Microsoft's Activision Blizzard deal inches closer as the UK's CMA flips its decision

The authority has backtracked on its previous findings and is satisfied that the deal WON'T affect console competitors. But cloud gaming remains an issue

Microsoft's Activision Blizzard deal inches closer as the UK's CMA flips its decision

The Competition and Markets Authority have announced today that it no longer believes there is a risk of a “substantial lessening of competition” should Microsoft take ownership of the Call of Duty franchise.

It had received a “significant amount of new evidence in response to its original provisional findings” and now claim that making Call of Duty and Xbox exclusive would be “significantly lossmaking under any plausible scenario”.

The new decision - a reversal on their previous provisional findings - would appear to represent the removal of huge obstacle to Microsoft's acquisition of Activision Blizzard taking place, but the deal isn’t out of the woods yet. The CMA are still investigating the possible impact that the deal could have on competition in the cloud gaming space - concerns shared by the ongoing EU investigation. And the biggest potential block on the deal remains in place with the US Federal Trade Commission investigation still ongoing.

Nonetheless the CMA’s new move today marks a reversal of attitude from last month when they decided that Microsoft WOULD be motivated to at least limit the availability of Call of Duty on PlayStation and that the only solution to this scenario would be if Microsoft were to sell off Call of Duty - something the software giant subsequently dismissed out of hand.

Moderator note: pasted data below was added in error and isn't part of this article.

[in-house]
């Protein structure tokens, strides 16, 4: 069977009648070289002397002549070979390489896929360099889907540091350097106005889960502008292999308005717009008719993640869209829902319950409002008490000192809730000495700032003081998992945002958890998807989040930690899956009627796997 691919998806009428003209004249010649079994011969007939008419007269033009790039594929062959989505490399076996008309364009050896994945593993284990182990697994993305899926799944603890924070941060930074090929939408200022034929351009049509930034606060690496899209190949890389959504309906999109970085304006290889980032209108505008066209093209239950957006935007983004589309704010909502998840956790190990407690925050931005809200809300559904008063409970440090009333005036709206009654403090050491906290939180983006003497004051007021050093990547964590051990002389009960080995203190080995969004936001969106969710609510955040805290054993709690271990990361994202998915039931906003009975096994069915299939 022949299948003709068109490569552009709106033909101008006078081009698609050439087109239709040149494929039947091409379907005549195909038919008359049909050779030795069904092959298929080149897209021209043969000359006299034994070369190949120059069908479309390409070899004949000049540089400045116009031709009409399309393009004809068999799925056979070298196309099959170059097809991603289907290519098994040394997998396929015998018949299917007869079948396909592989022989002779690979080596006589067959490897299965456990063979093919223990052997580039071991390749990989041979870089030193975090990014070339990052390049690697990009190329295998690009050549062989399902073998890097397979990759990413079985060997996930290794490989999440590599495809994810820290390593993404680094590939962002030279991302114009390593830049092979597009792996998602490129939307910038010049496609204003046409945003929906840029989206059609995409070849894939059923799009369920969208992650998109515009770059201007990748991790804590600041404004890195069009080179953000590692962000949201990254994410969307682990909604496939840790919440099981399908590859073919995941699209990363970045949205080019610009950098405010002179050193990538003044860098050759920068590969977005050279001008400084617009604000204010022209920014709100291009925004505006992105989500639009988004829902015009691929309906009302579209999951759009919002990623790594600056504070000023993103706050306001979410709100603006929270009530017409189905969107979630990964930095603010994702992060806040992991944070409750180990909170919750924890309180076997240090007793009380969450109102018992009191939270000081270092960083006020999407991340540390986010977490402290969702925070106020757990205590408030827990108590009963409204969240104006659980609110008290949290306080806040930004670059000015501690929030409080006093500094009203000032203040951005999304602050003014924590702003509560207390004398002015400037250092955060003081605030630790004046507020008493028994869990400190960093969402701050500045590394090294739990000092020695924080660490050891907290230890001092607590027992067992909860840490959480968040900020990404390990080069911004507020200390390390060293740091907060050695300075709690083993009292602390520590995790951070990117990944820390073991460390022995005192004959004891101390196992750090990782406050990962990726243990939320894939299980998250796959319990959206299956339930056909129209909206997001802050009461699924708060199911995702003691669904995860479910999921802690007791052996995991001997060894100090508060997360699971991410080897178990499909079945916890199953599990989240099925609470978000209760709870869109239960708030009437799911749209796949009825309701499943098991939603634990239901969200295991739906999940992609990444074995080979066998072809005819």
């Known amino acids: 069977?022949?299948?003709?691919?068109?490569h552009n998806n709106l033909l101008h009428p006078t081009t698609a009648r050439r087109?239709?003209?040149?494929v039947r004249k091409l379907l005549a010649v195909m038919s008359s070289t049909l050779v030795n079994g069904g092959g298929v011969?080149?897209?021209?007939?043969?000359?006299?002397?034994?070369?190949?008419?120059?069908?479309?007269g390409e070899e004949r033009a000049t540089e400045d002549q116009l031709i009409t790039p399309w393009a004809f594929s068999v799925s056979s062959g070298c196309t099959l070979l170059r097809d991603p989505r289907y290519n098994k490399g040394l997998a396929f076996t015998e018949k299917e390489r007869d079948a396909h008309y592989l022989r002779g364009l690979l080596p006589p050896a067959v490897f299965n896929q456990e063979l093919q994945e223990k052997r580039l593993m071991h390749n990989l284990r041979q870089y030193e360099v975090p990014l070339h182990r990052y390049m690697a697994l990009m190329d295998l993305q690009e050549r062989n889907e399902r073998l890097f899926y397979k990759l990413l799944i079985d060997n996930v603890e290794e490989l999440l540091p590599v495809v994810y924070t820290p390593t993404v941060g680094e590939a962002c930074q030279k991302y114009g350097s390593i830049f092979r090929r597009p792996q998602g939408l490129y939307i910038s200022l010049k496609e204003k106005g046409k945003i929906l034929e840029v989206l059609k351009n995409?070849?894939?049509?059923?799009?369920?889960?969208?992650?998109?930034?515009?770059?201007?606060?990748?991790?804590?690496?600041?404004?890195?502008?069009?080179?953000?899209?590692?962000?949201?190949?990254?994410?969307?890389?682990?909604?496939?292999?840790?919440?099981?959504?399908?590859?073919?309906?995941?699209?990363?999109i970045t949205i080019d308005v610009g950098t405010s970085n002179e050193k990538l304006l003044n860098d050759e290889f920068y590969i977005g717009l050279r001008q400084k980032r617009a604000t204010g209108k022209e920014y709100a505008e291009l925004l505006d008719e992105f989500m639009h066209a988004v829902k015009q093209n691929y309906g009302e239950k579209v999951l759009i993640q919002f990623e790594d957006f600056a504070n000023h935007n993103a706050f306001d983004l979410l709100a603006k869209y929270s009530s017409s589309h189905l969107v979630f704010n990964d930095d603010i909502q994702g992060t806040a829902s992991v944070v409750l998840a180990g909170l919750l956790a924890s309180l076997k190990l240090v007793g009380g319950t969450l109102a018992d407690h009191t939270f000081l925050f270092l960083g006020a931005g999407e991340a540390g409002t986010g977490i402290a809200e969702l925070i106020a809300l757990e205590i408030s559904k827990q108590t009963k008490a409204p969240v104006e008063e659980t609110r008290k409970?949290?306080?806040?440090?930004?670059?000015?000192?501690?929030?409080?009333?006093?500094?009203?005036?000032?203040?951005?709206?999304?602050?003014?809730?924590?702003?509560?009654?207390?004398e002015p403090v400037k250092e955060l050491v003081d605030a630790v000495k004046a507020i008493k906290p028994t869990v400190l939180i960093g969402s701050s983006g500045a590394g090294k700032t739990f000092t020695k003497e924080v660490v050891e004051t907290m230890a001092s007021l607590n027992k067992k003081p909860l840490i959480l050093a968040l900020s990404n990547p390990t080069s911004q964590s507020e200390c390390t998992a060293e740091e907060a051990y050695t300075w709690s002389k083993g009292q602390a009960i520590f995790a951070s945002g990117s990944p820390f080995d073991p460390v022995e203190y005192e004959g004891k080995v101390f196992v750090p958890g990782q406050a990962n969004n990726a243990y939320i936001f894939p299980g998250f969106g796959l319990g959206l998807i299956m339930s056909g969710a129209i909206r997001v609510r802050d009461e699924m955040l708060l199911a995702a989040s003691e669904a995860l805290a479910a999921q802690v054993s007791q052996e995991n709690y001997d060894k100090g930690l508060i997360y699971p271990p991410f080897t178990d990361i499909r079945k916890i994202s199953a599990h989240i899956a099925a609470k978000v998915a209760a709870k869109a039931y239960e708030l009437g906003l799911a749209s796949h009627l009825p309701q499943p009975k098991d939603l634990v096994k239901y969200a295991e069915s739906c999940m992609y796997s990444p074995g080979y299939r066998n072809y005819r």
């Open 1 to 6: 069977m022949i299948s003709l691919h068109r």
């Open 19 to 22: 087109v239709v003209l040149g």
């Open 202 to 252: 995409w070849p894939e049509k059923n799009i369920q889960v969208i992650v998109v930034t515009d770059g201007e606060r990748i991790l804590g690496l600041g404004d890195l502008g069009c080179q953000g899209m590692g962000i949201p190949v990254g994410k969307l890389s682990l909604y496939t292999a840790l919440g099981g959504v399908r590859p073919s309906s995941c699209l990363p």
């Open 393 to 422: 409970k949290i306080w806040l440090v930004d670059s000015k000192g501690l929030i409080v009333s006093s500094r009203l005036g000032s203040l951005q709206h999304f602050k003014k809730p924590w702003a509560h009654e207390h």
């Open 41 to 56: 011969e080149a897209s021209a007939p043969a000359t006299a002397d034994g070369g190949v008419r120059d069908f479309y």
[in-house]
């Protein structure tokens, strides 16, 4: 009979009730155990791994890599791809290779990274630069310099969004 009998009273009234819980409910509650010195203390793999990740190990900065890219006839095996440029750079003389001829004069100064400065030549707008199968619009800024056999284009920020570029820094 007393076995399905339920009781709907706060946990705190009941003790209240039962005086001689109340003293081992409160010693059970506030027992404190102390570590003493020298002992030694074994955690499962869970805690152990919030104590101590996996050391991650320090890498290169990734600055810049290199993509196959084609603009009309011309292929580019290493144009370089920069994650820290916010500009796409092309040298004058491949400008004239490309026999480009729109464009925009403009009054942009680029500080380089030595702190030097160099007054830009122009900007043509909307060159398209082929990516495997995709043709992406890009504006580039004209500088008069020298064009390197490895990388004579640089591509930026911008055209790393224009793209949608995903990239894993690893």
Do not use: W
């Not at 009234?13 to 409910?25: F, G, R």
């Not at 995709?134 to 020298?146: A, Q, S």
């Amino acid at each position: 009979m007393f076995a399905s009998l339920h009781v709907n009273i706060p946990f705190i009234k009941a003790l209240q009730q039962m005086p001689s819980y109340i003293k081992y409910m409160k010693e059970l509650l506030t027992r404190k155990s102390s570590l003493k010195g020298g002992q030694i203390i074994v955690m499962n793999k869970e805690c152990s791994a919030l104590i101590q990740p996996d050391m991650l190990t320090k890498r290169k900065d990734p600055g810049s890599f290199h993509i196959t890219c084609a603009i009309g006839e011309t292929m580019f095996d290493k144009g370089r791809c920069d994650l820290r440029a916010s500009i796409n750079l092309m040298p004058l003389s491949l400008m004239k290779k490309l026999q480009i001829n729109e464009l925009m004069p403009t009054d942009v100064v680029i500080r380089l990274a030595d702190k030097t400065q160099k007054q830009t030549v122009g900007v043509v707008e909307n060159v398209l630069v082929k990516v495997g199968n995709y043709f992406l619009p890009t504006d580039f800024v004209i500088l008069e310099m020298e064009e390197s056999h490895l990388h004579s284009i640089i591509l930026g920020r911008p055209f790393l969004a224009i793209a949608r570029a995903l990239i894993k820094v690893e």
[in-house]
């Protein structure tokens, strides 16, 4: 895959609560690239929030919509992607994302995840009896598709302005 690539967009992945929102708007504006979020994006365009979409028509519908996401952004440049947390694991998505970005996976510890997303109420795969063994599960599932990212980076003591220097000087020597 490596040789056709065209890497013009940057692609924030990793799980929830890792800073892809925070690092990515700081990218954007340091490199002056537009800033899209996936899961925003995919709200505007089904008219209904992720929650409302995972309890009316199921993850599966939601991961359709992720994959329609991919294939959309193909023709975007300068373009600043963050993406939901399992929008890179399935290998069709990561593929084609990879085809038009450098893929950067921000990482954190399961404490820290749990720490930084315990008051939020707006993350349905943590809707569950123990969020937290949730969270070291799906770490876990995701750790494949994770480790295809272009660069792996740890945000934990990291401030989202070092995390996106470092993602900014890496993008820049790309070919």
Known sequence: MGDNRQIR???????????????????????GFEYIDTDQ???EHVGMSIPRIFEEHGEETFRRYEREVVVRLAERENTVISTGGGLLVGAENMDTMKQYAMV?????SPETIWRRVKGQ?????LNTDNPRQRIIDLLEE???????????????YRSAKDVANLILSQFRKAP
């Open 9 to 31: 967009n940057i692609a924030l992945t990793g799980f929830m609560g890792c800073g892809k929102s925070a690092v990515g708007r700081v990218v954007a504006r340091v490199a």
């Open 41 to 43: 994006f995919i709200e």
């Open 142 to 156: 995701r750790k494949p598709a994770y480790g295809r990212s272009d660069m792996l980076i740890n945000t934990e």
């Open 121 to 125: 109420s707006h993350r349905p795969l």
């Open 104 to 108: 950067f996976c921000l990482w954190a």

Yeah but, no but…

The crux of today’s change of heart would appear to be the result of Microsoft’s counter claims against the authority regarding inaccuracies in the financial modeling previously used with Microsoft stating that there were “clear errors in the figures being used to value the small number of Sony customers who might move to Xbox in the absence of Call of Duty”.

While Martin Coleman, chair of the independent panel conducting the CMA’s investigation, made light of the switcharound: “Provisional findings are a key aspect of the merger process and are explicitly designed to give the businesses involved, and any interested third parties, the chance to respond with new evidence before we make a final decision,” The Financial Times reported an ex-CMA lawyer as stating “This is extremely unusual. Restating your provisional findings is something you would rather die than do.”

Rather than gloat too much Microsoft remain courteous in reply stating today that: “We appreciate the CMA’s rigorous and thorough evaluation of the evidence and welcome its updated provisional findings.” And that “We look forward to working with the CMA to resolve any outstanding concerns.” Meanwhile Activision Blizzard chimed in “The CMA’s updated provisional findings show an improved understanding of the console gaming market and demonstrate a commitment to supporting players and competition. Microsoft has already presented effective and enforceable remedies to address each of the CMA’s remaining concerns.”

The cloud: The final battleground

Despite its findings regarding consoles, the CMA is still unconvinced about how this deal could affect competitors in the cloud streaming market, and still believes that while Microsoft is likely to stick to its word regarding sales, may have the motivation to make Activision Blizzard titles exclusive to its own subscription services, Game Pass.

While Xbox has struck numerous deals with the likes of Nvidia and Ubitus to bring these games to their services, Microsoft may therefore decide to withhold Activision Blizzard games from Sony’s PlayStation Plus service.

As to what happens next we'll have to wait until the new deadline for a descision.

Staff Writer

Lewis Rees is a journalist, author, and escape room enthusiast based in South Wales. He got his degree in Film and Video from the University of Glamorgan. He's been a gamer all his life.